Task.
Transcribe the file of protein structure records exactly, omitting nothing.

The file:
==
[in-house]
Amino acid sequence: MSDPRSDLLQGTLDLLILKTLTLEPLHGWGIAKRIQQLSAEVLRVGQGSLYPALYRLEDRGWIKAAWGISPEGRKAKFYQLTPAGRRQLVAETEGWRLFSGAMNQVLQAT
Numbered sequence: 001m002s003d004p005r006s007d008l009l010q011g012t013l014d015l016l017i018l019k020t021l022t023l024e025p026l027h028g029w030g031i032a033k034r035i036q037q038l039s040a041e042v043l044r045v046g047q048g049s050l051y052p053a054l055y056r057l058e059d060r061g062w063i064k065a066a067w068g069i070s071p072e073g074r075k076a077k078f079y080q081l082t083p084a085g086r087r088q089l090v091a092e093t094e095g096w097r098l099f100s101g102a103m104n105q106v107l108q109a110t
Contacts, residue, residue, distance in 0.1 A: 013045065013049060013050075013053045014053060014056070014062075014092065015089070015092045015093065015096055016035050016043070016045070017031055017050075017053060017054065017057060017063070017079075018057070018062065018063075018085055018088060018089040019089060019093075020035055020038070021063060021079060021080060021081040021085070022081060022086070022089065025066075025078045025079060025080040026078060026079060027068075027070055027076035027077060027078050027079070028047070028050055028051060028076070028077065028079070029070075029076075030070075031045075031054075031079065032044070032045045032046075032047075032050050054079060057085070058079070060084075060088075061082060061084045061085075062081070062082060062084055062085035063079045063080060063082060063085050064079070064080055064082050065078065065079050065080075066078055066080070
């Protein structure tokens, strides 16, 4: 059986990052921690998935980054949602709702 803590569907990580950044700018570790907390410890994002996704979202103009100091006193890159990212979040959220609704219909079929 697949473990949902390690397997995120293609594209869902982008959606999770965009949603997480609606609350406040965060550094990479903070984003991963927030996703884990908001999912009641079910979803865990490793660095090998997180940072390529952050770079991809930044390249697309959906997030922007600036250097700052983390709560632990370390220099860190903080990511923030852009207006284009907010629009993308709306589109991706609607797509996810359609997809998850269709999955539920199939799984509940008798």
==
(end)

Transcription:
[in-house]
Amino acid sequence: MSDPRSDLLQGTLDLLILKTLTLEPLHGWGIAKRIQQLSAEVLRVGQGSLYPALYRLEDRGWIKAAWGISPEGRKAKFYQLTPAGRRQLVAETEGWRLFSGAMNQVLQAT
Numbered sequence: 001m002s003d004p005r006s007d008l009l010q011g012t013l014d015l016l017i018l019k020t021l022t023l024e025p026l027h028g029w030g031i032a033k034r035i036q037q038l039s040a041e042v043l044r045v046g047q048g049s050l051y052p053a054l055y056r057l058e059d060r061g062w063i064k065a066a067w068g069i070s071p072e073g074r075k076a077k078f079y080q081l082t083p084a085g086r087r088q089l090v091a092e093t094e095g096w097r098l099f100s101g102a103m104n105q106v107l108q109a110t
Contacts, residue, residue, distance in 0.1 A: 013045065013049060013050075013053045014053060014056070014062075014092065015089070015092045015093065015096055016035050016043070016045070017031055017050075017053060017054065017057060017063070017079075018057070018062065018063075018085055018088060018089040019089060019093075020035055020038070021063060021079060021080060021081040021085070022081060022086070022089065025066075025078045025079060025080040026078060026079060027068075027070055027076035027077060027078050027079070028047070028050055028051060028076070028077065028079070029070075029076075030070075031045075031054075031079065032044070032045045032046075032047075032050050054079060057085070058079070060084075060088075061082060061084045061085075062081070062082060062084055062085035063079045063080060063082060063085050064079070064080055064082050065078065065079050065080075066078055066080070
């Protein structure tokens, strides 16, 4: 059986990052921690998935980054949602709702 803590569907990580950044700018570790907390410890994002996704979202103009100091006193890159990212979040959220609704219909079929 697949473990949902390690397997995120293609594209869902982008959606999770965009949603997480609606609350406040965060550094990479903070984003991963927030996703884990908001999912009641079910979803865990490793660095090998997180940072390529952050770079991809930044390249697309959906997030922007600036250097700052983390709560632990370390220099860190903080990511923030852009207006284009907010629009993308709306589109991706609607797509996810359609997809998850269709999955539920199939799984509940008798």